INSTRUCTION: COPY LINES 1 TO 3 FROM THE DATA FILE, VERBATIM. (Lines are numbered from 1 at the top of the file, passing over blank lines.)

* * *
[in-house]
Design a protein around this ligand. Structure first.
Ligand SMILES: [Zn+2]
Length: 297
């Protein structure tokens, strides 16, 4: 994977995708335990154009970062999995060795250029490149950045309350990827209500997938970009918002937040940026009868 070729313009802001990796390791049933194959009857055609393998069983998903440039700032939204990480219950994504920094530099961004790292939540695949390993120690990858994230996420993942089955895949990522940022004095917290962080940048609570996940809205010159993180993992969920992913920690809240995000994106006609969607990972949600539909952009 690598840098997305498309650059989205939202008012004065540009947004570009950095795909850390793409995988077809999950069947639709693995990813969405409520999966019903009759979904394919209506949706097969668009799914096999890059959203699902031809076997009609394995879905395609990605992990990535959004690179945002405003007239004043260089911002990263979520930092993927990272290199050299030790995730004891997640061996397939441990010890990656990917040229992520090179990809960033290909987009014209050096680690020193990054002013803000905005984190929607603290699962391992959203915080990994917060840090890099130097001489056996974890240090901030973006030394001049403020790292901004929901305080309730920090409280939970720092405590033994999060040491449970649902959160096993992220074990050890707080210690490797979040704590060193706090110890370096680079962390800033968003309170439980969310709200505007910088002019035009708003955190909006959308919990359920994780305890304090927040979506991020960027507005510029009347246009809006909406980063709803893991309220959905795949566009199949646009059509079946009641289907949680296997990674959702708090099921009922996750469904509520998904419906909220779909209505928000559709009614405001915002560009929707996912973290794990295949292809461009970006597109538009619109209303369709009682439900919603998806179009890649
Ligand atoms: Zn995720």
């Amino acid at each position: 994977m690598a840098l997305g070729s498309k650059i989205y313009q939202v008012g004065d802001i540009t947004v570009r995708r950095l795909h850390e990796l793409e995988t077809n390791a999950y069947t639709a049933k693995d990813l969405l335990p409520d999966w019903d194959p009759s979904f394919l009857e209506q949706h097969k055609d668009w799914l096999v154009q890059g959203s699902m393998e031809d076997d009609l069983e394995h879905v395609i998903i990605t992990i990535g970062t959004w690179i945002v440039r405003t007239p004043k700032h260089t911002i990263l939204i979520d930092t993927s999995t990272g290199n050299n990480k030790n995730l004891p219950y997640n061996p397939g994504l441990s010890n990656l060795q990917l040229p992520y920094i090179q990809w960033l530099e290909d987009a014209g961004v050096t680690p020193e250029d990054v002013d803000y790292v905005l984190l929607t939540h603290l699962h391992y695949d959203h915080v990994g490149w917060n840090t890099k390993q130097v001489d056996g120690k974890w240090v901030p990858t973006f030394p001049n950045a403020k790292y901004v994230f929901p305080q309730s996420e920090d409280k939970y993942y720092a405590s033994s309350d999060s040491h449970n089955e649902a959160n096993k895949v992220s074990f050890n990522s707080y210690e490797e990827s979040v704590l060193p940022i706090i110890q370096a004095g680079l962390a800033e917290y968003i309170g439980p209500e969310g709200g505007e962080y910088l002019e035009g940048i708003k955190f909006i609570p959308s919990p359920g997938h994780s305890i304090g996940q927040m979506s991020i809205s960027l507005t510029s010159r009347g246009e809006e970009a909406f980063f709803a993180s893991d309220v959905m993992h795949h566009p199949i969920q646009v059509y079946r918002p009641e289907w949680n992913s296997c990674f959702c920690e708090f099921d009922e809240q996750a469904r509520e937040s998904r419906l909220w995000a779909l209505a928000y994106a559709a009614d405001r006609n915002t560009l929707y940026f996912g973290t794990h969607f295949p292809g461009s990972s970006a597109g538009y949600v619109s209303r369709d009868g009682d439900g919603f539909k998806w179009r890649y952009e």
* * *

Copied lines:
[in-house]
Design a protein around this ligand. Structure first.
Ligand SMILES: [Zn+2]